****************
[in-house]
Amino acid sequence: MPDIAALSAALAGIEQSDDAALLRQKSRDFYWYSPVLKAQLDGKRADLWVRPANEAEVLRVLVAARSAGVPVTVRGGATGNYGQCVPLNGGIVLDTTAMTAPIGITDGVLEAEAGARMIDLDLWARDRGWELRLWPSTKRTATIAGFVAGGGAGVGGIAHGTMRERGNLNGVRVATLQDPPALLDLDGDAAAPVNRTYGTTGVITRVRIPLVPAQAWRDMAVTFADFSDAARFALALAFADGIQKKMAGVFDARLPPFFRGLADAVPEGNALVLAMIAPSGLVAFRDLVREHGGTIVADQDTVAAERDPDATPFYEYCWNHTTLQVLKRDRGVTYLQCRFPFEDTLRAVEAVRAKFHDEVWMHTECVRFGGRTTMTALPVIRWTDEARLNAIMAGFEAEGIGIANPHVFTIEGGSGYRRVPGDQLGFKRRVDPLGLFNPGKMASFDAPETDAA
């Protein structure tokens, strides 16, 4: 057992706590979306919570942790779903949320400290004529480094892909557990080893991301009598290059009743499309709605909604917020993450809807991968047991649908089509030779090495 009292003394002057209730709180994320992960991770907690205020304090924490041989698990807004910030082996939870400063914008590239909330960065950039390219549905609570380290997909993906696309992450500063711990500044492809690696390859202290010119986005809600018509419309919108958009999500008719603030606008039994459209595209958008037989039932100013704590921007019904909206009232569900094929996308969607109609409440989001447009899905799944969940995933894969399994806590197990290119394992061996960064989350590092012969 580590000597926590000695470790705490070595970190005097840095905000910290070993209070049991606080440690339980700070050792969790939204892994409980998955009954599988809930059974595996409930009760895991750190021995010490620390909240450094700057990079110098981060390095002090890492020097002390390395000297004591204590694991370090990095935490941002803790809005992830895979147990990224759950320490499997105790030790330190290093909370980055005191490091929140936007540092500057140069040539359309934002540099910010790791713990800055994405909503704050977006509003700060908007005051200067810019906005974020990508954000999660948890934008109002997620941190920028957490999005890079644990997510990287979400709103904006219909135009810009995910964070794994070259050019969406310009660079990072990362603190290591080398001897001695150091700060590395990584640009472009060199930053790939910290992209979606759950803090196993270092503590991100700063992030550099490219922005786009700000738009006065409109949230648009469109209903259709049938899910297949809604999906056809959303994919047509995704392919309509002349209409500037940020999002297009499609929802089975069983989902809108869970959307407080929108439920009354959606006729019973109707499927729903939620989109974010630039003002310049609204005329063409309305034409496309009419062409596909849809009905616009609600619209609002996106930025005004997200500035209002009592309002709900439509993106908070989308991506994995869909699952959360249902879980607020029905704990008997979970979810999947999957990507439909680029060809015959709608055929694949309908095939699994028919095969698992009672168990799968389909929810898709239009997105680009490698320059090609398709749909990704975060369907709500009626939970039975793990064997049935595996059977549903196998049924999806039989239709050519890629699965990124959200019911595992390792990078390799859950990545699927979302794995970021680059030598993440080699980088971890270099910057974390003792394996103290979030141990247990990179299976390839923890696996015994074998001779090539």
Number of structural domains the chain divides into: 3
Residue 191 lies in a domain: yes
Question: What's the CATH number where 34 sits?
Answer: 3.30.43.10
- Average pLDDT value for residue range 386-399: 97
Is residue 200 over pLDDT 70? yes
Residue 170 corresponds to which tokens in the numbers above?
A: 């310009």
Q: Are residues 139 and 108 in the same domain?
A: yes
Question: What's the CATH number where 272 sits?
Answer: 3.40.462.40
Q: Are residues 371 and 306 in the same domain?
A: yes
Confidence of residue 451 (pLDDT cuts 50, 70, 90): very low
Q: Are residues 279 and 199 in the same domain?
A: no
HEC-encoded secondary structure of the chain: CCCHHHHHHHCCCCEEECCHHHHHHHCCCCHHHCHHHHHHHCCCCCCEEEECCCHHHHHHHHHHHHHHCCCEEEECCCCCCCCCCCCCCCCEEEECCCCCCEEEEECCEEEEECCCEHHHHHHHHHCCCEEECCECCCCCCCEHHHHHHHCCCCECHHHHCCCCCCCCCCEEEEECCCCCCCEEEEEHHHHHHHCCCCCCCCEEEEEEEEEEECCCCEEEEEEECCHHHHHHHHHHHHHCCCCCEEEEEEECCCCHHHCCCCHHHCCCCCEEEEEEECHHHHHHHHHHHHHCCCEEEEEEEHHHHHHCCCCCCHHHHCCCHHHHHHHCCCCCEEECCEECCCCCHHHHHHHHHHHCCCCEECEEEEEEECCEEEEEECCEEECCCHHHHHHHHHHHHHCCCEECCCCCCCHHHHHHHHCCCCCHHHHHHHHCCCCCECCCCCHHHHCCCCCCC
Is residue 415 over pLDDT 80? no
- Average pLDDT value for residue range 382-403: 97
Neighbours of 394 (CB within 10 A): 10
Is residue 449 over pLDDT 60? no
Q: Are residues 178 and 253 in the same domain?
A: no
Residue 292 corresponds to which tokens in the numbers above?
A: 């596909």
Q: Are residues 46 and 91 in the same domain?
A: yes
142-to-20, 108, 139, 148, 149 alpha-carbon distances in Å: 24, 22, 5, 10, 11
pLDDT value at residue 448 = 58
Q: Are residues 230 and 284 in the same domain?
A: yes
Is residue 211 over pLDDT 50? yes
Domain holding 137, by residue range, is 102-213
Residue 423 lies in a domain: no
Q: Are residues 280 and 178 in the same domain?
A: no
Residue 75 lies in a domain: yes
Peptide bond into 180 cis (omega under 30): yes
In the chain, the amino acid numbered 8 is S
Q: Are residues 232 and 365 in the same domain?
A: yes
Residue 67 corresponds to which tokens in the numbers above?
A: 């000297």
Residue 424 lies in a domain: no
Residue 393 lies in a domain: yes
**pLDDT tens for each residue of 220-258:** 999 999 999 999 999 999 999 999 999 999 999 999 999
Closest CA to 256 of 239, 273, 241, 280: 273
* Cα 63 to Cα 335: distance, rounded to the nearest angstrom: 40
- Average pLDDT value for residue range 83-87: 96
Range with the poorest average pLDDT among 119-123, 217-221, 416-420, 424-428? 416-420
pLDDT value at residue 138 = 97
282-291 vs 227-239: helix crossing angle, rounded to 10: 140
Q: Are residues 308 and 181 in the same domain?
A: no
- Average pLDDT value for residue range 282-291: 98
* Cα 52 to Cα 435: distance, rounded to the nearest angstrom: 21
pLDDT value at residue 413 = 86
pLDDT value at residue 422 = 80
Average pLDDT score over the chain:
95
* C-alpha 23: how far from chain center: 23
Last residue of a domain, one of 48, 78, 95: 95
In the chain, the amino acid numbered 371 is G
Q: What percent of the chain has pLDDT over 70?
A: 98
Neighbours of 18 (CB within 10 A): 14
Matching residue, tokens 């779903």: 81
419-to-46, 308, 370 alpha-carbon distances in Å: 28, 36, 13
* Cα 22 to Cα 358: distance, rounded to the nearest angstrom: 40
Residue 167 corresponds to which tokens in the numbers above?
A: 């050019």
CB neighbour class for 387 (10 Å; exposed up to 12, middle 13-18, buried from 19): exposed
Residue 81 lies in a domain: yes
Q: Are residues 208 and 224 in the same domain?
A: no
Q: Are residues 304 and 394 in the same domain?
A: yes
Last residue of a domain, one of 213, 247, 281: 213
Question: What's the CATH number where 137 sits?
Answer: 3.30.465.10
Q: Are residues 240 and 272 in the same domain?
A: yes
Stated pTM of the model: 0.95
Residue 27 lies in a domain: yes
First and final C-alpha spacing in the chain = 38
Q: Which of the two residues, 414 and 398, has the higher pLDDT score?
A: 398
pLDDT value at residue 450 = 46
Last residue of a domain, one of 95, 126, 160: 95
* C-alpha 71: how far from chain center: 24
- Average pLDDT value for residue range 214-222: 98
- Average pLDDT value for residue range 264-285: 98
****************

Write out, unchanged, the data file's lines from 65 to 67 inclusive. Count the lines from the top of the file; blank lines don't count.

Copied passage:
* C-alpha 23: how far from chain center: 23
Last residue of a domain, one of 48, 78, 95: 95
In the chain, the amino acid numbered 371 is G